Wednesday, May 4, 2011 (Last Updated: 05/05/2011)
WEDNESDAY, May 4 (HealthDay News) -- Magnetic resonance imaging (MRI) appears to be effective at distinguishing between endometrial and cervical cancer even when biopsy results are inconclusive, according to research presented at the annual meeting of the American Roentgen Ray Society, held from May 1 to 6 in Chicago.
Heather He, M.D., Ph.D., of the MD Anderson Cancer Center in Houston, and colleagues reviewed an institutional database for all patients in the past 13 years who had a total hysterectomy for suspected unknown primary tumor of the uterus (endometrial versus cervical). Pelvic MR images were available in 48 patients, and these were reviewed separately by two body radiologists specializing in gynecological oncologic imaging. The radiologists were blinded to any clinical and pathological information, and if there was discordance between them, they reached consensus at a separate session.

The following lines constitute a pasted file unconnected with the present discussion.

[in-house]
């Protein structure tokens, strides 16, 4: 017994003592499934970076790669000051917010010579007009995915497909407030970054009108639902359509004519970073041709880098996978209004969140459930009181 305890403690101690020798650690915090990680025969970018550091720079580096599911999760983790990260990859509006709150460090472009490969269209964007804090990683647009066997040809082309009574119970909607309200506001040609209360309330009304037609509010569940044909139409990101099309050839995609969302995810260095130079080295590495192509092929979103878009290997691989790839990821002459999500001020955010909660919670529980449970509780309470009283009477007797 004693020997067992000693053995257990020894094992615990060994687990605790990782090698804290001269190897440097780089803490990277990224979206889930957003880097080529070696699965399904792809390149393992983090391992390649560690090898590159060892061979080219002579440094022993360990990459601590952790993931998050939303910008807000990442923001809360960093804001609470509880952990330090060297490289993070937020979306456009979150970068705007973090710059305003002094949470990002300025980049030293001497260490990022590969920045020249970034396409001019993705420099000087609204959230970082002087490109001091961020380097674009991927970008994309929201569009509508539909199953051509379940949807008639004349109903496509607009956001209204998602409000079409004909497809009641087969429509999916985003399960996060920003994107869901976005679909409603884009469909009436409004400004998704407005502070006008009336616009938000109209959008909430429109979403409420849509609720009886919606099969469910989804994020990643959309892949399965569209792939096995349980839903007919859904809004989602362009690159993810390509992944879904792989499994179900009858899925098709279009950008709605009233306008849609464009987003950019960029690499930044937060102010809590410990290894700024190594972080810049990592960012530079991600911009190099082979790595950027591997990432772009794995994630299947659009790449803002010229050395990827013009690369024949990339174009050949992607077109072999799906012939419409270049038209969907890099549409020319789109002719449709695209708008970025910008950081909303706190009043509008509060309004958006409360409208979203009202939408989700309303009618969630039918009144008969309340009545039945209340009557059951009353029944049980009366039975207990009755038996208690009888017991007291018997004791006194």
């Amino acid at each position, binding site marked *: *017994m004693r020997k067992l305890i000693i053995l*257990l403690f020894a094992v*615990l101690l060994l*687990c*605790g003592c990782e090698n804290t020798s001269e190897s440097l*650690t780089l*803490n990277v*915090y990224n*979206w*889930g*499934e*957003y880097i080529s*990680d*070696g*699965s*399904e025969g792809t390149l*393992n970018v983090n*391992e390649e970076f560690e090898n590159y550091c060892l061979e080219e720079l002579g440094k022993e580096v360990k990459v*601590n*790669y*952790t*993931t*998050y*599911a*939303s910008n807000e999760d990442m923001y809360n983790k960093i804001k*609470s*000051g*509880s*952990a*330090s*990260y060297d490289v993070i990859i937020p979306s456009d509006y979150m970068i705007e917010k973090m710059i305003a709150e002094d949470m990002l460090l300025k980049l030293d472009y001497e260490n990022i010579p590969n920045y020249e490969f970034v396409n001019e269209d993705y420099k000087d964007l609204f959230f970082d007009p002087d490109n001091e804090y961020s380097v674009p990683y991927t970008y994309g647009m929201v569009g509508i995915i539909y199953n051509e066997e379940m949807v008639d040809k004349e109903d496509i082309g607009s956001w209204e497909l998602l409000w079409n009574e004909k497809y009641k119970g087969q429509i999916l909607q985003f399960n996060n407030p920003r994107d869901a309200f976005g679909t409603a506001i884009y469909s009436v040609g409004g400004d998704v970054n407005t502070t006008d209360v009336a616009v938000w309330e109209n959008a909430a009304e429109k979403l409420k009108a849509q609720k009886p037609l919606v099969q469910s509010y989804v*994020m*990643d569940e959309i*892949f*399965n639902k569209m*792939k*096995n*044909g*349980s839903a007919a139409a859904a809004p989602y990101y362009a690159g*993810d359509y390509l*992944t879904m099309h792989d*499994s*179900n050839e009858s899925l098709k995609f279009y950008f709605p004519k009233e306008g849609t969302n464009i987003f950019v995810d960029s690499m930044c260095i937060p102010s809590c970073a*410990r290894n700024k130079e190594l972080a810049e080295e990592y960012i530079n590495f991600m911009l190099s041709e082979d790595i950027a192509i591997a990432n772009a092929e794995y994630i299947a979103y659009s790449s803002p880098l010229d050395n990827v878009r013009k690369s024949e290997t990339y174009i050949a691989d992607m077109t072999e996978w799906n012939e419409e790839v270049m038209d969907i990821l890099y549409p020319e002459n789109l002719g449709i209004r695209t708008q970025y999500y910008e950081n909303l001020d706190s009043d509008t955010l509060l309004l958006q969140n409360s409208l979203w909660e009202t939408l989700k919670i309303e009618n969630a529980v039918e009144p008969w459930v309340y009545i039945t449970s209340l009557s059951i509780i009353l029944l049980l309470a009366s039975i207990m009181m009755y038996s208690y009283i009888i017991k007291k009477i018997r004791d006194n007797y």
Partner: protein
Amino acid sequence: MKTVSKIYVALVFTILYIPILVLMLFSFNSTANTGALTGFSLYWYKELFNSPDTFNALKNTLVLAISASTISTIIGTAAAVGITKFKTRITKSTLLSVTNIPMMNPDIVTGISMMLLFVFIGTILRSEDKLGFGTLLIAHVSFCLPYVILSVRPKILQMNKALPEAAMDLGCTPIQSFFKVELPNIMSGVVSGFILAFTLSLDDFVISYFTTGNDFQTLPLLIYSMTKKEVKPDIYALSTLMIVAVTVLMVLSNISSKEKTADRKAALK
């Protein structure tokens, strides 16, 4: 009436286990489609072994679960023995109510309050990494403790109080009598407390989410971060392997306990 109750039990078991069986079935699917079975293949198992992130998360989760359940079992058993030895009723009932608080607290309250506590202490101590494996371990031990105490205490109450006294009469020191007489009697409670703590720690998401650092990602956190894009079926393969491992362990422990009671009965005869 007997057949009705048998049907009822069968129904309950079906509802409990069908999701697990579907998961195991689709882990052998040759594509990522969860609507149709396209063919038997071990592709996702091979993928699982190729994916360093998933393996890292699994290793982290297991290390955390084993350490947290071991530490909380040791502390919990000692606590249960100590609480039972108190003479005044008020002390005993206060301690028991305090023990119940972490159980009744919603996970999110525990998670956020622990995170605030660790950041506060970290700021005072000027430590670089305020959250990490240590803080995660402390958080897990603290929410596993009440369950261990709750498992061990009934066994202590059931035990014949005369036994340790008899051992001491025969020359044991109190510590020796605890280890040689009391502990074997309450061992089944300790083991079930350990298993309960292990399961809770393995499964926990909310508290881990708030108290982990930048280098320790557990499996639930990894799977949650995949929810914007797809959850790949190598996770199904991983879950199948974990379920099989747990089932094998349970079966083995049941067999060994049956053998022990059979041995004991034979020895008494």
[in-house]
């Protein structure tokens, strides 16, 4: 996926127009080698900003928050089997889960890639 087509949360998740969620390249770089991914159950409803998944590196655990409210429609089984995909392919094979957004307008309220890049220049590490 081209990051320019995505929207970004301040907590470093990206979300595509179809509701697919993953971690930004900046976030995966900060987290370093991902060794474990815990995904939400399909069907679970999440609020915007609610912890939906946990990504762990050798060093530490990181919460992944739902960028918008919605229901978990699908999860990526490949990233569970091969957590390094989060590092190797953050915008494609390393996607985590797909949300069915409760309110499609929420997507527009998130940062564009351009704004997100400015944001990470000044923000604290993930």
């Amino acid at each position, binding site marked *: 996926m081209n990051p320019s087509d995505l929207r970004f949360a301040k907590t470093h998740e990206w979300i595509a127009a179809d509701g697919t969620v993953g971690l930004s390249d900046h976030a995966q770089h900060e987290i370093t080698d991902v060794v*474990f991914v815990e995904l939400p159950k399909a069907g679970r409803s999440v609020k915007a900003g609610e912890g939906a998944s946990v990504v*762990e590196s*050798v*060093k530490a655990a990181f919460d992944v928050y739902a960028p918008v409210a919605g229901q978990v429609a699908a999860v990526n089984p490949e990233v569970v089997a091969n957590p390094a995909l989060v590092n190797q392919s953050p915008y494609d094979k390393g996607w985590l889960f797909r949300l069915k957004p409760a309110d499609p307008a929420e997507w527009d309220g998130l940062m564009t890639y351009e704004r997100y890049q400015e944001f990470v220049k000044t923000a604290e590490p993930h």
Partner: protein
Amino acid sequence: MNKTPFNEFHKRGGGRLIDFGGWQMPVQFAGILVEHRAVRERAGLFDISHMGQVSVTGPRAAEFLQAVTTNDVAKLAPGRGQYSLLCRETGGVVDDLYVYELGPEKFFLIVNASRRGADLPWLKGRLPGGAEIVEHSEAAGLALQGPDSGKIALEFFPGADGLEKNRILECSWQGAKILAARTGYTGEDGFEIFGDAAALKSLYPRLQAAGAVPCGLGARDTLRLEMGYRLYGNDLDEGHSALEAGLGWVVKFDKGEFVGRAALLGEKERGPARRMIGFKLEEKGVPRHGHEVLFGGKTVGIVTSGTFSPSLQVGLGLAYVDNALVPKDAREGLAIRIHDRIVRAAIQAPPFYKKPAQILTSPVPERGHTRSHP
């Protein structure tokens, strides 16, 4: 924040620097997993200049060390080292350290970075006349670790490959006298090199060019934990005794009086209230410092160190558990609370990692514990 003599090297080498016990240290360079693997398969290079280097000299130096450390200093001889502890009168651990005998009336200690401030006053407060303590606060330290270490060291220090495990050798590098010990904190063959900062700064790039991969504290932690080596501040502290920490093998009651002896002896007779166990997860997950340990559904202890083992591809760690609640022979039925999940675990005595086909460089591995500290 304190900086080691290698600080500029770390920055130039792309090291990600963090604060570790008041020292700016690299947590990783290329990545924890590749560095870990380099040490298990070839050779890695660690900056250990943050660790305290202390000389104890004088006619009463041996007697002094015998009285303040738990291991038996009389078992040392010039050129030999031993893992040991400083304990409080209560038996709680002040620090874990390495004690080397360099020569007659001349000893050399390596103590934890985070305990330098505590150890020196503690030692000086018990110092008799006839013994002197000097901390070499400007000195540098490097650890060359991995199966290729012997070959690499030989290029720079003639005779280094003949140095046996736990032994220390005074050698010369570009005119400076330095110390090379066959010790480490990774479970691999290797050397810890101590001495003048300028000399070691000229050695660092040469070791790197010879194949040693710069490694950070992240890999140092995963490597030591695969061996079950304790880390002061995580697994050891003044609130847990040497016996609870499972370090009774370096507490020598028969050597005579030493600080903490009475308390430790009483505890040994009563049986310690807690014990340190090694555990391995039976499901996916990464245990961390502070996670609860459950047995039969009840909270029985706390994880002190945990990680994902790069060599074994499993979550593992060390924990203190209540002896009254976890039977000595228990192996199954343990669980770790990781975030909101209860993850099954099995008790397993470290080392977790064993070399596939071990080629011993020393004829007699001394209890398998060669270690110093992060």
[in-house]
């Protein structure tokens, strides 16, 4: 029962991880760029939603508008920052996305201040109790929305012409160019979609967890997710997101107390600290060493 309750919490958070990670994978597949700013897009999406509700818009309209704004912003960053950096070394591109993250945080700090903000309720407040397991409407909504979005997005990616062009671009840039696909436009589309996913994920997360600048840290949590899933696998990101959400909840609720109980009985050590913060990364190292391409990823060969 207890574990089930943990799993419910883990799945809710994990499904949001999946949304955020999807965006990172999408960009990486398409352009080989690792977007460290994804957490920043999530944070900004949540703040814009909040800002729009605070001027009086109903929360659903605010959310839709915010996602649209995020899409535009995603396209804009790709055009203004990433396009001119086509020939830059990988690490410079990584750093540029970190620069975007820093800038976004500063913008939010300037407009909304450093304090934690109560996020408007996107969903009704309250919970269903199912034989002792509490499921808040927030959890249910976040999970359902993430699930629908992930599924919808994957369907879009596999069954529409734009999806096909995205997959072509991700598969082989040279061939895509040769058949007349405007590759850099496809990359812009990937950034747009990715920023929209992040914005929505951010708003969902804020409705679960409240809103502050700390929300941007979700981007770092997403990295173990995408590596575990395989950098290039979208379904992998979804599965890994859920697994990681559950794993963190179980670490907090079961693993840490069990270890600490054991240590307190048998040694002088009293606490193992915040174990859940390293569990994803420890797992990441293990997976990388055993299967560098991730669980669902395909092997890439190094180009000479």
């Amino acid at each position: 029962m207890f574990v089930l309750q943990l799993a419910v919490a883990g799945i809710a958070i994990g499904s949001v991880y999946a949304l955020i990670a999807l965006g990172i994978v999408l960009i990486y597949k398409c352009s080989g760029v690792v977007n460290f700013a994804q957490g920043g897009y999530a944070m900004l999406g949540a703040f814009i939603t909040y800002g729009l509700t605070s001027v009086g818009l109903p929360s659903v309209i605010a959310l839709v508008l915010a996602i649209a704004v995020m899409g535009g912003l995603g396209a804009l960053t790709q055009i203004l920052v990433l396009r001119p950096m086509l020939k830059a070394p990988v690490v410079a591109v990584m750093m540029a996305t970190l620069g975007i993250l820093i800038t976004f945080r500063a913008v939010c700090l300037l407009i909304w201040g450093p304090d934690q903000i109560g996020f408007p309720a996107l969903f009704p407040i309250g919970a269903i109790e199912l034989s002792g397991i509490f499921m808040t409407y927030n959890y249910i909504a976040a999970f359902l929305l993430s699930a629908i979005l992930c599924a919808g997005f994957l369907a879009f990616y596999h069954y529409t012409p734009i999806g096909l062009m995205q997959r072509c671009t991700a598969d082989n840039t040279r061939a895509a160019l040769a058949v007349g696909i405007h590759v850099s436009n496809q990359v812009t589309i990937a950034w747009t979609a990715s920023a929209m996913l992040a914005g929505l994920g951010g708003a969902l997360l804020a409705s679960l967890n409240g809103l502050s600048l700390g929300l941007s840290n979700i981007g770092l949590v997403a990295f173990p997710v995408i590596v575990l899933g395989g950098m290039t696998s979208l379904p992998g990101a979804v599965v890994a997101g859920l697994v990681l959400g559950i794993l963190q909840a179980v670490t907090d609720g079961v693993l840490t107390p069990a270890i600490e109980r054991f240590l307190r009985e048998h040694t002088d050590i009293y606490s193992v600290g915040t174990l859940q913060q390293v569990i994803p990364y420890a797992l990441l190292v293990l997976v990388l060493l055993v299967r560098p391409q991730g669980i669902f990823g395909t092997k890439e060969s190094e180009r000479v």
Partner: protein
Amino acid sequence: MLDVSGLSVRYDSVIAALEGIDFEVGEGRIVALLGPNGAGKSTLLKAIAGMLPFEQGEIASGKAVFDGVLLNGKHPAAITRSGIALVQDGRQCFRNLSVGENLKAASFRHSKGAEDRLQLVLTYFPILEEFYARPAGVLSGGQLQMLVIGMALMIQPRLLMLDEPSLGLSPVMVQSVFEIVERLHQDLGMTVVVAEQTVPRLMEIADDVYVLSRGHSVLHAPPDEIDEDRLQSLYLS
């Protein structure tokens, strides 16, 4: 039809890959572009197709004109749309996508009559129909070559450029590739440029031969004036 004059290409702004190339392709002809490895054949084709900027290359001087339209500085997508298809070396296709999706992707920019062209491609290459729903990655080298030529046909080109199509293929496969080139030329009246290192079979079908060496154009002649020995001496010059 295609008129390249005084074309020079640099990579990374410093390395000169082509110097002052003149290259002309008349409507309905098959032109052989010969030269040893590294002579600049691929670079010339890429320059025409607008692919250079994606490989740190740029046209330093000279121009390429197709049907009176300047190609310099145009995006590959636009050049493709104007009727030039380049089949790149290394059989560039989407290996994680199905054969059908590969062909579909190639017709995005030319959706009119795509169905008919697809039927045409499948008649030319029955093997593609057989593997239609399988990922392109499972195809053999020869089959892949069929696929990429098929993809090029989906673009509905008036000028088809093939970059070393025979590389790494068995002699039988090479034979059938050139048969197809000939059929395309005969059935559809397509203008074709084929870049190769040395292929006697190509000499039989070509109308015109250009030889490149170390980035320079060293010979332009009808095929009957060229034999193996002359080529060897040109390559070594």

Using MRI, the radiologists correctly identified the primary site of cancer in 79 percent of cases (38 of 48 patients) when biopsy results were inconclusive. The sensitivity to detect endometrial adenocarcinoma by MRI was 87 percent, while the specificity, positive predictive value, negative predictive value, and accuracy were 89, 97, 62, and 88 percent, respectively. In addition, the sensitivity to detect cervical adenocarcinoma by MRI was 80 percent, while the specificity, positive predictive value, negative predictive value, and accuracy were 88, 44, 97, and 88 percent, respectively.
"In about 3 percent of the cases, there is difficulty determining the primary cancer site," He said in a statement. "Knowing the primary cancer site means that we can give the patients the most appropriate therapy and save some patients from unnecessary surgery."
Hematology & Oncology
OBGYN & Women's Health
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